I did not ride my first roller coaster until I was 18 years old. I had managed to make it through most of my teenage years without having to face my fear of those big steel monsters. No one in my family rode roller coasters and neither did many of my friends in high school, so I was able to escape with little damage to my ego caused by the taunts of those who found the drops and twists and turns exhilarating.
That is, I was able to escape until I met my wife, Christie. You see, Christie loved roller coasters. So when we planned a trip to Six Flags with some friends after we had been dating for a few months, I knew I was in trouble. Before we even left, she was trying to convince me to ride with her. Now, being young and in love, I told her I would, but I secretly hoped that there would be something that would keep us from getting to ride. However, the day we went was sunny (no storms), the lines were short (I couldn’t stall), and all the roller coasters in the park were fully operational (no technical difficulties).
Eventually, I had to face the inevitable–ride the monsters or admit my fear to the woman I loved.
I was able to put off the inevitable for a little while. Every time Christie would bring up riding a roller coaster, I would suggest seeing a show or riding some other less threatening ride. However, resistance was futile. Eventually, I had to face the inevitable-ride the monsters or admit my fear to the woman I loved. I got on.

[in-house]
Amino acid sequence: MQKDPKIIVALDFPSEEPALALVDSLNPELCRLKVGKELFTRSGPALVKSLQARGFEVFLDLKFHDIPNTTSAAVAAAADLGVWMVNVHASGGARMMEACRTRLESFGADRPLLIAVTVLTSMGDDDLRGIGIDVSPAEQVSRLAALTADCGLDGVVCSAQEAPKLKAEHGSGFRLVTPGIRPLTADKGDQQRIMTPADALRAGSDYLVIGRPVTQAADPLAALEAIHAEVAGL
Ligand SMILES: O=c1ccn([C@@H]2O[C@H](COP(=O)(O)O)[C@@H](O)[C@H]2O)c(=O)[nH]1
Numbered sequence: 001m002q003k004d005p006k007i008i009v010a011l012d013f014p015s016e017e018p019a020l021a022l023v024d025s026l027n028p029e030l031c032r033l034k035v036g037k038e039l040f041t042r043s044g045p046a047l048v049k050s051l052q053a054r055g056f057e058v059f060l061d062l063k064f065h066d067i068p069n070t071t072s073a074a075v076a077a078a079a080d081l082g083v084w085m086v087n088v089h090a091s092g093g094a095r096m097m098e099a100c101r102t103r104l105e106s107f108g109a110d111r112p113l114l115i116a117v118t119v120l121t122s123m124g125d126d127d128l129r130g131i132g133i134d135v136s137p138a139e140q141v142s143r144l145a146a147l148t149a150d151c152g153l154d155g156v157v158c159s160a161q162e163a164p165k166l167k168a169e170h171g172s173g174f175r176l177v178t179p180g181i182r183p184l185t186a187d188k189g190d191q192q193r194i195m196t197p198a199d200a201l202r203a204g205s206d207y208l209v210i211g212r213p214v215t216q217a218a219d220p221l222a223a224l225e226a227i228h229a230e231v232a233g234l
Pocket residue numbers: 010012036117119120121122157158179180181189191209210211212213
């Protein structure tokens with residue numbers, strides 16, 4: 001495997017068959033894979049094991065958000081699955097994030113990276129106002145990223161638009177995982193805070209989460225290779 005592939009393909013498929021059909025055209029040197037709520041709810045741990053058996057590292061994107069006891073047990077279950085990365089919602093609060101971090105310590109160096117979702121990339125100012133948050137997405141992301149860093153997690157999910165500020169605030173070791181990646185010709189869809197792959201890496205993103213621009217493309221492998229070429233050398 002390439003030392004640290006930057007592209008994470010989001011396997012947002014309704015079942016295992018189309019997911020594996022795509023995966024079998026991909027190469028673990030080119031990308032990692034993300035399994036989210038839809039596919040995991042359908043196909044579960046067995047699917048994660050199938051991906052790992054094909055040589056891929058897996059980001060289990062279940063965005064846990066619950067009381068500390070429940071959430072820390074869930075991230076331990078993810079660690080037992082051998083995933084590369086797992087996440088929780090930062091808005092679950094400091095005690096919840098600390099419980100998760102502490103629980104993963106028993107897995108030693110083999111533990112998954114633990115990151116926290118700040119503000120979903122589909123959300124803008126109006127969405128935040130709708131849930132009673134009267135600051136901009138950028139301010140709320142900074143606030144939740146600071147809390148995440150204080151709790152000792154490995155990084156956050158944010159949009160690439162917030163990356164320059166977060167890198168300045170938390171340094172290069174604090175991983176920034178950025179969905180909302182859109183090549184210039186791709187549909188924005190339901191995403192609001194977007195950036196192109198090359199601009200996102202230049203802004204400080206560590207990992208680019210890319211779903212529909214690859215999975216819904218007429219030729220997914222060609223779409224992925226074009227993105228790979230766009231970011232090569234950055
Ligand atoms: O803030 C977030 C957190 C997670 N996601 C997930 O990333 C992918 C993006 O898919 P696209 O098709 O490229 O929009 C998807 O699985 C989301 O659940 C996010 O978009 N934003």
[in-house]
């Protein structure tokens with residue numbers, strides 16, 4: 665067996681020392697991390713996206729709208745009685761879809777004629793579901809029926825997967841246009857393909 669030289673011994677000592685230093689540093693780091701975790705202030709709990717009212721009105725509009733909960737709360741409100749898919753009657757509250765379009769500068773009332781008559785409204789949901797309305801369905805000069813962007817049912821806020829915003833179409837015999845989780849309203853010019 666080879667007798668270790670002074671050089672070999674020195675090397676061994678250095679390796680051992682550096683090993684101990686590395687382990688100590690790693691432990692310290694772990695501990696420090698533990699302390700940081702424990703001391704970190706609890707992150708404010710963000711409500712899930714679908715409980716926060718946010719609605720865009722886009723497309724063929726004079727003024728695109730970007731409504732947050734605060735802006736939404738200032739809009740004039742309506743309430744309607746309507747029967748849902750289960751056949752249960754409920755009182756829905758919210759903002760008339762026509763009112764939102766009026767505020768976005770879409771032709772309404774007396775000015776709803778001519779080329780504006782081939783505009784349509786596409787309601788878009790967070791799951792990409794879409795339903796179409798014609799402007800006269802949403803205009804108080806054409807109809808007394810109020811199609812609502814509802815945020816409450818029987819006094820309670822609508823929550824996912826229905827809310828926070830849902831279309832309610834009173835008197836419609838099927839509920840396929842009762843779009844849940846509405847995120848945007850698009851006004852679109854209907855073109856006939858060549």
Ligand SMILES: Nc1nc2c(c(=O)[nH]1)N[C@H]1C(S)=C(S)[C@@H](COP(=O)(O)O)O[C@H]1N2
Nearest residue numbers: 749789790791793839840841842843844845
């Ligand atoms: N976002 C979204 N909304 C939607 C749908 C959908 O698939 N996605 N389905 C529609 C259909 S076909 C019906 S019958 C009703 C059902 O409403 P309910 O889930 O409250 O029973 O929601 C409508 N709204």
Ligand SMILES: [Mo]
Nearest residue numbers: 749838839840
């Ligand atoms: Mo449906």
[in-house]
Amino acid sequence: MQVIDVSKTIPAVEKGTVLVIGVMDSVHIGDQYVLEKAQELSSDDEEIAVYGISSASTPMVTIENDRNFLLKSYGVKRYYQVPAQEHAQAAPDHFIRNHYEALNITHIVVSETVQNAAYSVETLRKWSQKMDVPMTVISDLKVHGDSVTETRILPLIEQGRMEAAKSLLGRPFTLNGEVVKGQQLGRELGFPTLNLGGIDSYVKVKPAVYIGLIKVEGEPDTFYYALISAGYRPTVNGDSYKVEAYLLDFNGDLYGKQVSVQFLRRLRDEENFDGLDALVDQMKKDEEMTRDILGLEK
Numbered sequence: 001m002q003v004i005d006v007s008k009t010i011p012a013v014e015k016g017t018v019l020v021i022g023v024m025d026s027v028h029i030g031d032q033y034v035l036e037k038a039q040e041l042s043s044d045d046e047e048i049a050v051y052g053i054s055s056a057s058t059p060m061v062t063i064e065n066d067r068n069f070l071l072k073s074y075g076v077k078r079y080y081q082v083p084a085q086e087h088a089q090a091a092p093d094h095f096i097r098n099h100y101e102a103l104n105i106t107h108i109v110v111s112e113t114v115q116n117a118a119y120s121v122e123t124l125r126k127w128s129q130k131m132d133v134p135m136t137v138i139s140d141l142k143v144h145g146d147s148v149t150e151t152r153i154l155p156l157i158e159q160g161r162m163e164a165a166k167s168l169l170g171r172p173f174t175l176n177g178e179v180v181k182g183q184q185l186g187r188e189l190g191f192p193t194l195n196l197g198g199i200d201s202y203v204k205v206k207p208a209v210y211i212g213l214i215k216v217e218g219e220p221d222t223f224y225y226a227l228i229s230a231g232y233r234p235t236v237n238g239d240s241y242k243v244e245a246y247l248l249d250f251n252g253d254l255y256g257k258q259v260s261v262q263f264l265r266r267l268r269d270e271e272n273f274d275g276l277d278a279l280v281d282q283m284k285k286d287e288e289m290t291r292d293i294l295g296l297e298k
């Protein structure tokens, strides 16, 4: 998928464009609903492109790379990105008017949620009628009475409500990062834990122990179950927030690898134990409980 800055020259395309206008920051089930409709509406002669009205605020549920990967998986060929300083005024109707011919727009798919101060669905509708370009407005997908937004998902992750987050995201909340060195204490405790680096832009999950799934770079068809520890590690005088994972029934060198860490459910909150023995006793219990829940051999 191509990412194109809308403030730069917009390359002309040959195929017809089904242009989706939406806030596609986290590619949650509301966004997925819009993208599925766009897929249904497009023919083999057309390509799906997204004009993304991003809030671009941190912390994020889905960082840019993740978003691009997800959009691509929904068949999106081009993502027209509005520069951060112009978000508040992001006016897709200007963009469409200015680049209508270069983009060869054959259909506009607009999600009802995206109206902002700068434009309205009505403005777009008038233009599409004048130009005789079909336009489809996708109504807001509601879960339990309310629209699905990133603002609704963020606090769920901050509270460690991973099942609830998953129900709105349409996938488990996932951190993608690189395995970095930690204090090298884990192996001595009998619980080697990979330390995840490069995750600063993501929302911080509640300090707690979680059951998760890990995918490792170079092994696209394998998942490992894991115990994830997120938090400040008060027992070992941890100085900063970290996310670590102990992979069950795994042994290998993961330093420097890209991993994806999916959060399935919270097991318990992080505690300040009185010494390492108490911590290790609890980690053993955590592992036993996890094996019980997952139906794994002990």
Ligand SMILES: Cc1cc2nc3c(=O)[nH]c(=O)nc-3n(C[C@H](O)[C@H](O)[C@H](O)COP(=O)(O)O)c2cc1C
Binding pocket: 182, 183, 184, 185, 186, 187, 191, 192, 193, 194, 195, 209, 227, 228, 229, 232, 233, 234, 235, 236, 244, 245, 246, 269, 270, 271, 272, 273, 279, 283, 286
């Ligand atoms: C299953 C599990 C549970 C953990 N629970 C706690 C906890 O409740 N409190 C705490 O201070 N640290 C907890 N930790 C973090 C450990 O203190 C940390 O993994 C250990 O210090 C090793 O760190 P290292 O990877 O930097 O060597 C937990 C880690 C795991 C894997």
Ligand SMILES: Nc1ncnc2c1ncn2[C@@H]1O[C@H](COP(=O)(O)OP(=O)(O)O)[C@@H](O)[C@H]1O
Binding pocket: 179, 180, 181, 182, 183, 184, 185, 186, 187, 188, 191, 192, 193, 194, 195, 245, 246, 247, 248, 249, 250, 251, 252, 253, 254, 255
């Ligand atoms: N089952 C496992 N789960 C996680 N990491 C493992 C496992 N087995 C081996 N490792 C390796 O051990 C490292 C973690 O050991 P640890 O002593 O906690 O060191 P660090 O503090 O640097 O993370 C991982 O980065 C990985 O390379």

My first roller coaster was the Ninja. A 120-second ride that begins with a gut-wrenchingly slow climb to its 110-foot peak before dropping you 69 feet and hurling you through 4 inversions at a top speed of 65 miles per hour. It was awesome! We rode 5 times in a row. Now, these great steel monsters are not something to be feared, but something to be conquered-relishing in the exhilaration.
Life is a roller coaster ride. It is full of ups and downs; hills and valleys; twists and turns; and sometimes, it even turns you upside down-threatening to spill you out into a great void of nothingness. Like we would a roller coaster, we often face life with anxiety, timidity, and fear. When we find life in Jesus, he does not take us off of the roller coaster, but he rides it with us. He brings peace, joy, power, and contentment in the midst of all the twists and turns-the ups and downs.
Always be full of joy in the Lord.
Paul has a recipe for dealing with the roller coaster of life. In Philippians 4:4-7, he writes: “Always be full of joy in the Lord. I say it again-rejoice! Let everyone see that you are considerate in all you do. Remember, the Lord is coming soon. Don’t worry about anything; instead, pray about everything. Tell God what you need, and thank him for all he has done. Then you will experience God’s peace, which exceeds anything we can understand. His peace will guard your hearts and minds as you live in Christ Jesus.” With Jesus, the roller coaster ride of life becomes exciting and adventurous because we know that he is with us. How amazing!
I first heard the following reading from a young man making a presentation at a conference I attended. I was deeply moved by the passion and conviction of these words, so, when I returned home, I did an online search for the reading. The author is unknown but is believed to be a young pastor in Zimbabwe who was martyred for his faith in Jesus Christ. It was found in his study. I offer you this passionate witness of a person who was Jesus strong and living fearless and free.